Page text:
Do I have Thoracic Outlet syndrome? What should I be doing?

by Shaun
(Vancouver BC, Canada)

Do I have Thoracic Outlet syndrome? What should I be doing?

I am going to do my best to let you know my symptoms but bear with me that my "injury" seems to be ever evolving and very complex.

A little about myself. I am a 26 year old man who lives near Vancouver BC. I am an avid rock climber and it is how I spend all of my free time. I have been climbing for about 3 years and it has brought me from depression and anxiety to really having something to live for and focus my energy. Going into the mountains and even the climbing gym brings me more joy than anything else has in my entire life. Ok so now I am injured and cannot climb or go into the mountains and my depression and anxiety is creeping back. I have no problem admitting this and admitting that I feel very desperate to get better so any information is useful!

About 6 months ago I was climbing hard steep routes. 3 days of hard climbing and I skip a rest day and decide to go out with a novice climber and climb easy routes with them all day. On one of the climbs I felt two distinct pops in my finger while crimping down on my fingers. They did not hurt and I shook it off and continued to climb for the rest of the day with no pain. The next day I felt okay. Something may have felt a little off but nothing to draw enough attention for concern - I was on my 5th or 6th day of climbing in a row and its pretty normal to feel tired and worked. So the next day comes, I warm up on an easy climb and then proceed to complete my hard climb I have been working on for days. It felt great. With all this adrenalin I decided to move onto an equally difficult climb that my friends have been working on. About 30 feet up something feels off in my hand and finger I get lowered to the ground and decide to call it a day.

The next day when I wake up my entire arm is in pain and very swollen. Its generally painful and feels very crappy. I guess it is now that I should mention that at this time I was currently seeing a chiropractor to try and relief some pain in my arm that can be described as 5% of what I was feeling when my arm was very swollen. I treated this swelling with ice, rest, and self massage. My chiropractor diagnosed me with a bad case of tendinitis and tried to get me to pay 500$ for cold laser therapy. I began to lose faith in this chiro and everything she did seemed to make my neck and back sore.

For the next 2-3 weeks I rested and treated myself with ice and self massage. I then left on a climbing trip that had been in the works for months. My symptoms were still there but it felt somewhat manageable. The style of climbing down there was different than crimping down on small holds. It was almost all crack climbing - keeping my hands and feet in the crack that was right in front of me for the most part; no long reaches, very little crimping and pulling down hard on my fingers. Mostly just jamming my arms, hands, fingers, and feet in the crack and trying to go up! Although I never really felt 100% I was able to climb the whole trip with taking a few extra rest days here and there.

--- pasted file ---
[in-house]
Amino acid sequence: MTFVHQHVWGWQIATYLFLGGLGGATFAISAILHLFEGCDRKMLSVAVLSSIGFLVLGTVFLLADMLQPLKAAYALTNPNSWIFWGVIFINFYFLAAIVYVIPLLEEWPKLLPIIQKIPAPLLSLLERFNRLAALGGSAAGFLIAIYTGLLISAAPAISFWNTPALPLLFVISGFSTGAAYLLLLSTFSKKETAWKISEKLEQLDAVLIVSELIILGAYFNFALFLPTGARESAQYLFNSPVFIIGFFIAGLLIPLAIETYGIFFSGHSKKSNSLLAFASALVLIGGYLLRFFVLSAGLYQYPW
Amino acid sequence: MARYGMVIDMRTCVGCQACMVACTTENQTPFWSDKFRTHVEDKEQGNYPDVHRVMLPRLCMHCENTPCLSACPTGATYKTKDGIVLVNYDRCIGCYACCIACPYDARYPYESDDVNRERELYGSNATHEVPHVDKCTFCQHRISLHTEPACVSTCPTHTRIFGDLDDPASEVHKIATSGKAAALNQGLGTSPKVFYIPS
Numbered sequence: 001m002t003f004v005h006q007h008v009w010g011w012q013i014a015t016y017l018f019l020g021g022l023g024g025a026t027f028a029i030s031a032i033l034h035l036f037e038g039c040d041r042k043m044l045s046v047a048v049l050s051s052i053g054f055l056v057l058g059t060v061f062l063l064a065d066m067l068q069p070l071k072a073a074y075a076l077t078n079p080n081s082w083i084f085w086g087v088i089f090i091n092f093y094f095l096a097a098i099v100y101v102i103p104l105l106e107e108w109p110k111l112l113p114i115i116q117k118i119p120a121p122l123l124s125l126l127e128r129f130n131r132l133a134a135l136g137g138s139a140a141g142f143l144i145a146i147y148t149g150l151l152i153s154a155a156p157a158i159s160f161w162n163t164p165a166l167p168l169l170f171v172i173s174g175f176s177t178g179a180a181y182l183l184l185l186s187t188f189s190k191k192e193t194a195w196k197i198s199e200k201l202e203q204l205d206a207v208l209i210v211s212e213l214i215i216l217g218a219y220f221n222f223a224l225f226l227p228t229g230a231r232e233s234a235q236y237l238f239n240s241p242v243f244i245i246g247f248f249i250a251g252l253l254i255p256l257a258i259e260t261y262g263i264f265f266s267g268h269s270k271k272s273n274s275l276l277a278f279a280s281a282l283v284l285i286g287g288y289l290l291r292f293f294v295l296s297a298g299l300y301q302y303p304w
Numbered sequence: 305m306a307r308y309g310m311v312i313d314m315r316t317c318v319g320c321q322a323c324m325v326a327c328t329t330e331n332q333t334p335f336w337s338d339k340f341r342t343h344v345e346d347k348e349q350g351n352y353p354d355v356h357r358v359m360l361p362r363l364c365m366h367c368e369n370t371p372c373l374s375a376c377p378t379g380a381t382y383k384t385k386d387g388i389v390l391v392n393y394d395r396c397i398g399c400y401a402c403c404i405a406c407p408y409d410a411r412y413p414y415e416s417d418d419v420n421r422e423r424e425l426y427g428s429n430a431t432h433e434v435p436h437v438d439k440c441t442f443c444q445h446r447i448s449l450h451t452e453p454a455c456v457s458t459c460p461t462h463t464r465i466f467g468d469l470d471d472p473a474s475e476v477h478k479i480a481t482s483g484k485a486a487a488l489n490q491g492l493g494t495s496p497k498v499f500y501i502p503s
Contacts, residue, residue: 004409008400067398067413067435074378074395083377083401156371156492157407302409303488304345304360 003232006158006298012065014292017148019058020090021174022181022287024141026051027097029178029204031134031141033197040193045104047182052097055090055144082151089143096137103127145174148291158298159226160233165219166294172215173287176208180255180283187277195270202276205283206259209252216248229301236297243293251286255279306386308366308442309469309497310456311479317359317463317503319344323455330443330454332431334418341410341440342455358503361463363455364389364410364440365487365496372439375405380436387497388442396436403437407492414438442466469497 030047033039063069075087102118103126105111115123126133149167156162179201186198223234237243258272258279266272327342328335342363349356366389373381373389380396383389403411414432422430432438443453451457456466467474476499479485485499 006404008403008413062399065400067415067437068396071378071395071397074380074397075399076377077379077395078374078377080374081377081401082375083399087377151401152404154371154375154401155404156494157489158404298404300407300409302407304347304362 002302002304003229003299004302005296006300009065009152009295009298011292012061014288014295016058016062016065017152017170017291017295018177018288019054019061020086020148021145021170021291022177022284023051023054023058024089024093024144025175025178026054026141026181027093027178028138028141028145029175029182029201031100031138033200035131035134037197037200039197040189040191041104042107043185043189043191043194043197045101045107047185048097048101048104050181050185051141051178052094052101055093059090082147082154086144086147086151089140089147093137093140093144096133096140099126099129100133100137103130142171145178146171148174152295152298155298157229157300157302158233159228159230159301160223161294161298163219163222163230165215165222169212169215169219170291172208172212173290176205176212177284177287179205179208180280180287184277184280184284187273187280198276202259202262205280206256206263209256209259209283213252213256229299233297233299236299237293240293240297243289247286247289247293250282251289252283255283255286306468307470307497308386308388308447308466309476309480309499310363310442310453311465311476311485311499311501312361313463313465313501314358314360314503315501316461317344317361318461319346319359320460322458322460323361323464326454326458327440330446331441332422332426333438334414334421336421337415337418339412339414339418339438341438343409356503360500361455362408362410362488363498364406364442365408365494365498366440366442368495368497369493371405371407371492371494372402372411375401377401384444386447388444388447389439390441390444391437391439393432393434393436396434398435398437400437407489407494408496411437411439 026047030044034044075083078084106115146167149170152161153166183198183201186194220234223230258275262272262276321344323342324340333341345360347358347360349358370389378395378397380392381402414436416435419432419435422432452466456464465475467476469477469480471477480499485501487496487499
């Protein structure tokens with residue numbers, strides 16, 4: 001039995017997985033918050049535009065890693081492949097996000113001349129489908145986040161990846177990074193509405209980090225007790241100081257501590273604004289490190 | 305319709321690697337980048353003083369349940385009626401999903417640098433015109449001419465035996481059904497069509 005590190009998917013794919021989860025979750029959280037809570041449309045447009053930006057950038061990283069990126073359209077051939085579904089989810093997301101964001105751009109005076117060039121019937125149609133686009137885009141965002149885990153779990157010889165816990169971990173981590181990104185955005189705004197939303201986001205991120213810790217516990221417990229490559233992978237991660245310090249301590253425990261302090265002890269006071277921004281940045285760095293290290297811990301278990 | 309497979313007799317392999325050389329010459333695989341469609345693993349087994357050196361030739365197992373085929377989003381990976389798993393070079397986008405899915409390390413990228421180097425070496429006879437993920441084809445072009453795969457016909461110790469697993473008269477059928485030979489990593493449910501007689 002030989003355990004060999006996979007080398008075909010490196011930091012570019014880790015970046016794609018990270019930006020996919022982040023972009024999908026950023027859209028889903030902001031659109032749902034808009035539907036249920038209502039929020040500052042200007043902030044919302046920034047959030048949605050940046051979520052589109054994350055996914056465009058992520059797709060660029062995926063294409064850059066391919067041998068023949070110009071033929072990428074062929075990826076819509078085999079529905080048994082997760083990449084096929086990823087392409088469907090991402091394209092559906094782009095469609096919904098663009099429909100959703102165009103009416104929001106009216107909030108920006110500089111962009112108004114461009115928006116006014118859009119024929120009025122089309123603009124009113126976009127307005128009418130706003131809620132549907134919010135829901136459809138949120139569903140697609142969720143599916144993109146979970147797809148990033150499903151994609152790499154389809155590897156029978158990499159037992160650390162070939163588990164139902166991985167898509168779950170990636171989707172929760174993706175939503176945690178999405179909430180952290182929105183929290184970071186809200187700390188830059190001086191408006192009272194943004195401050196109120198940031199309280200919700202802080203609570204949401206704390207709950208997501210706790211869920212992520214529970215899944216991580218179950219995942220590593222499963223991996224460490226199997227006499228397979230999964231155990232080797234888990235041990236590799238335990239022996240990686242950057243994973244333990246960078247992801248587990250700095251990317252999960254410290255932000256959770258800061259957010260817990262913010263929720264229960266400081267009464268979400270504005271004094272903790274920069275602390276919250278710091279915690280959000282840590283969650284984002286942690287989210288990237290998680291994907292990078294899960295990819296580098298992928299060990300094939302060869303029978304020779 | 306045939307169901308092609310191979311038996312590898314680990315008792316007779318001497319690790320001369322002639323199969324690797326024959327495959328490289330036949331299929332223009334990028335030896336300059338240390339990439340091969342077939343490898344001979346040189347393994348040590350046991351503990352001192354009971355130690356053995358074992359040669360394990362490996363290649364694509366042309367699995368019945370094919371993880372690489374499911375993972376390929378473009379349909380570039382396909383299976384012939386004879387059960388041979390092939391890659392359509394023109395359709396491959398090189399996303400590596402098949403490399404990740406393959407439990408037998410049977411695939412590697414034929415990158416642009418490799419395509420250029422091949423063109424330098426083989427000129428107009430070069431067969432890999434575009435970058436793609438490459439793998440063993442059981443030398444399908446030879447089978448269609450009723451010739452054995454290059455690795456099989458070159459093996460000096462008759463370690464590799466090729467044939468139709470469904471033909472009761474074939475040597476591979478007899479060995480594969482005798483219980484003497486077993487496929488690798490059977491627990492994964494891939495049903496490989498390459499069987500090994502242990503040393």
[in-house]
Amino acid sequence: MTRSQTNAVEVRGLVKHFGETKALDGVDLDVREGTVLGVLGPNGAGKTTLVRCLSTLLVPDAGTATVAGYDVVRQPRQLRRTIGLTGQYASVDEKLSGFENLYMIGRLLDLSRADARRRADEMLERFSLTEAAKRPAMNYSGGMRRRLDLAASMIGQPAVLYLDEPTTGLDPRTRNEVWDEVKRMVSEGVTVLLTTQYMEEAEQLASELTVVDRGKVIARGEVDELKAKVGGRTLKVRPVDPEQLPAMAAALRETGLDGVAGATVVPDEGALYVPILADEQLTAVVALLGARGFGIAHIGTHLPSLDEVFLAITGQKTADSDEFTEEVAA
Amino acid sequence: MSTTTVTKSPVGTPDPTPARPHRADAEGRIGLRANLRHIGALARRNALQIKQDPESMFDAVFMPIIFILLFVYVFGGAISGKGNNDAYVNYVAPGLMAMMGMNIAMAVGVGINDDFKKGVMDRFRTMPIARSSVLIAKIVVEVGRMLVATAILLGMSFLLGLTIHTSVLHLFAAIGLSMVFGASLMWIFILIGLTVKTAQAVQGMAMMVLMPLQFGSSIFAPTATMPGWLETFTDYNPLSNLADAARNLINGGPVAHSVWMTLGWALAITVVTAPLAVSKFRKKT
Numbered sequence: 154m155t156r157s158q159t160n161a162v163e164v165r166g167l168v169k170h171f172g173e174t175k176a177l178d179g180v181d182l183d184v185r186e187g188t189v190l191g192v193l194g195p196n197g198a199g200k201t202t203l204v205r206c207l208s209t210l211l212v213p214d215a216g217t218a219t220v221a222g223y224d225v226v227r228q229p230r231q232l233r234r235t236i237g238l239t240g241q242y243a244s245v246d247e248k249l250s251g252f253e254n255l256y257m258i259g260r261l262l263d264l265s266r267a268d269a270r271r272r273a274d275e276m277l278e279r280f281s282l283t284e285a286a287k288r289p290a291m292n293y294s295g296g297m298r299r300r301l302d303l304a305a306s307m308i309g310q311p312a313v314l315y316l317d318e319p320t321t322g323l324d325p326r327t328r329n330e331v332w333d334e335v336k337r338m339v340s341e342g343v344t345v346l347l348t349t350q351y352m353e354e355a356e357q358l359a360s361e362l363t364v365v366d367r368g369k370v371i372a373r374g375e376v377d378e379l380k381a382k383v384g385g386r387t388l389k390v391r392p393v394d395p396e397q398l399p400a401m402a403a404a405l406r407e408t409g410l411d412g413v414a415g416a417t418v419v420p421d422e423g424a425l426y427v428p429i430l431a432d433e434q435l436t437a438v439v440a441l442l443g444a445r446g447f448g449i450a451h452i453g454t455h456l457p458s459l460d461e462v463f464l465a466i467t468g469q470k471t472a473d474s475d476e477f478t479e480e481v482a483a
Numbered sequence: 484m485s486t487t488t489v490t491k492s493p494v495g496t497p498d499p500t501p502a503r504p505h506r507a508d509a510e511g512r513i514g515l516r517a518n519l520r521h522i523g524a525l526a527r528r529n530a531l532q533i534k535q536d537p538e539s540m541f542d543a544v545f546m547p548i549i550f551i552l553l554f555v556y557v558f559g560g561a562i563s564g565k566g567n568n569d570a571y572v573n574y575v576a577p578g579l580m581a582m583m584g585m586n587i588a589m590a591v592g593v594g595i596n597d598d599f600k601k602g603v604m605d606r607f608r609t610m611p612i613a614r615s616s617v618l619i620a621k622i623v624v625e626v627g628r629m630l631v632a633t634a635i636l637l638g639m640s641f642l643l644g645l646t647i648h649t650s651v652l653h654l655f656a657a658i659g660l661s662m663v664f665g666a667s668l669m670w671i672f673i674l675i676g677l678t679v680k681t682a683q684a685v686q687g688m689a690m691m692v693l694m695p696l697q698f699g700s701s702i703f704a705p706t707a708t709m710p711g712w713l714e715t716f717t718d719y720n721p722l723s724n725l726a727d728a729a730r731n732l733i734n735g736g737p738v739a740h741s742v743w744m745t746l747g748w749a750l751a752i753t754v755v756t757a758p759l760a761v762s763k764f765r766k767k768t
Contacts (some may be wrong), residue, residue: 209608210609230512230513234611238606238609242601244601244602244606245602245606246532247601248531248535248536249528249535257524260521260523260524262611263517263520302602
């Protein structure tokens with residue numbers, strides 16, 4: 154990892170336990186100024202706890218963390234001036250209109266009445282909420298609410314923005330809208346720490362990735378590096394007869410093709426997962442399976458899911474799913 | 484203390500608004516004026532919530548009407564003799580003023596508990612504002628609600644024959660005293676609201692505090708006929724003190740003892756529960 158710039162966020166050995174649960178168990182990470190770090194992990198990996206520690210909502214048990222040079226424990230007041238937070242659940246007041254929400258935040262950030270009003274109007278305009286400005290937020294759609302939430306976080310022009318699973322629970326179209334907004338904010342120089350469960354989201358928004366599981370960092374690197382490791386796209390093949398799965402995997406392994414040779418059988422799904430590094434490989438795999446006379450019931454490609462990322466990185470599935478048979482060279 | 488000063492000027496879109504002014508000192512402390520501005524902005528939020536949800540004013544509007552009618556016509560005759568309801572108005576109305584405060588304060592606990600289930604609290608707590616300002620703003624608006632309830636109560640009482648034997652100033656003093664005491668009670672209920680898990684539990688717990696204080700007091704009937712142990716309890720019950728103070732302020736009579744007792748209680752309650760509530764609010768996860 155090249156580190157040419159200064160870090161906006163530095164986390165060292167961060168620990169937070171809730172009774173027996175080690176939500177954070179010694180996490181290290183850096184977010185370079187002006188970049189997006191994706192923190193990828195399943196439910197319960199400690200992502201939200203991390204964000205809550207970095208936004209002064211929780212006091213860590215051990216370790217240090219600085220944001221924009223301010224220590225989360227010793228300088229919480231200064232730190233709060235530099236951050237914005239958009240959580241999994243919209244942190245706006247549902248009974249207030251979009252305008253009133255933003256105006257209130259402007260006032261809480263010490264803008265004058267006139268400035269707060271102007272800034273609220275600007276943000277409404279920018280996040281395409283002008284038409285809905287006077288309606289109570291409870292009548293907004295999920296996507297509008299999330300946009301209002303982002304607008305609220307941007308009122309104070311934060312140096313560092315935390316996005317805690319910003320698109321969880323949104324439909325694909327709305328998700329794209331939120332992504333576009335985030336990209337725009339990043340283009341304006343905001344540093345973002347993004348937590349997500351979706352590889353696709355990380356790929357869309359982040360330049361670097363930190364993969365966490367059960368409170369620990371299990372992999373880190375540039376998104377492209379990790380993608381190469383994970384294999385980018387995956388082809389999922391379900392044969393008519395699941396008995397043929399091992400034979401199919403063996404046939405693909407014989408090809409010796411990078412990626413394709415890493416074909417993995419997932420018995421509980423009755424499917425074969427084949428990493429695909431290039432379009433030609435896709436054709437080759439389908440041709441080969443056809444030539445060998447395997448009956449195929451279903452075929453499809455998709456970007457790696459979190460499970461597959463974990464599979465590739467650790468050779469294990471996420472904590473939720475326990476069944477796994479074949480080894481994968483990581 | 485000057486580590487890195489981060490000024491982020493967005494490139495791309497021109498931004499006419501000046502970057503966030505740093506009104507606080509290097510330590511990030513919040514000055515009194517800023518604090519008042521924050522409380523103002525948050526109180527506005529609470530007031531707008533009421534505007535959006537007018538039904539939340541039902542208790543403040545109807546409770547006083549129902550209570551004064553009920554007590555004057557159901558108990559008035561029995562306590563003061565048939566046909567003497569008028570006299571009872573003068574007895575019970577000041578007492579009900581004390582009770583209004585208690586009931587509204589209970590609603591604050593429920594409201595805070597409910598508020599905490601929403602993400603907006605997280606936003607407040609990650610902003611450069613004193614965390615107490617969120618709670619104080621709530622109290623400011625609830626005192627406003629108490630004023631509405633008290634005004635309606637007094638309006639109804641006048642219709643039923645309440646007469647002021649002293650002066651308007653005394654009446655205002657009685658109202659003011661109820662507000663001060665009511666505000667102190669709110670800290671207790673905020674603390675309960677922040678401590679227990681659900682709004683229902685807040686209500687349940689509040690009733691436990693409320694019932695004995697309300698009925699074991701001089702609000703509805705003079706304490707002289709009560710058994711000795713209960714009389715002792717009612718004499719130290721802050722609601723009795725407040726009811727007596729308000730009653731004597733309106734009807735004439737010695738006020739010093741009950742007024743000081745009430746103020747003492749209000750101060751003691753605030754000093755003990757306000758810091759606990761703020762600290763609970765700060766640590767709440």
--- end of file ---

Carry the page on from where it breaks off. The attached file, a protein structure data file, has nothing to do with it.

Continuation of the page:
So once I got back from this climbing trip it was time to buckle down and fix what has been going on with my arm for months, arguably a year. I began so see a physiotherapist. We decided that I had poor posture; my shoulders were rolled forward, I had tight pecs and poor mobility in my shoulders. This is when I really started to experiment with what positions would give me pain cause the swelling in my arm. When we tired to stretch out my pecs it was realized that if I were to stretch my right pec I would get a rush of pins and needles in my hand, my arm and hand would start to turn white and after about 10 seconds the pain would start and it would come on fast. Within a few more seconds I need to relax my arm or it feels as though its going to explode. I can duplicate this sensation a few other ways but I will leave that for the end of this write up in a paragraph where I describe all of my current symptoms. So my pecs are tight but I can't stretch my pecs. I am referred to another physio that specializes in IMS(Intra muscular stimulation). She is the first person to start talking to me about Thoracic Outlet Syndrome. She pokes me with her needles, tells me about TOS and the brachial plexus and the first rib. So I start exploring that area with my fingers and I find a lump above my right collarbone. It's about 2 chickpeas large and feels sort of like it is attached to my scalene muscles. She dismisses it as probably nothing but I go and see my family doctor about it. She tells me its a swollen lymph node and orders an ultrasound and blood work. She murmured a couple things about possible cancer and tumours. The ultrasound and blood work both come out negative for anything of that nature except 1 small mystery. My blood tested slightly positive for "mono". My doctor says she has never seen this before but it is nothing to worry about. All of these tests may not even be related to my injury but I don't want to leave any details out - and this lump still remains a mystery to this day.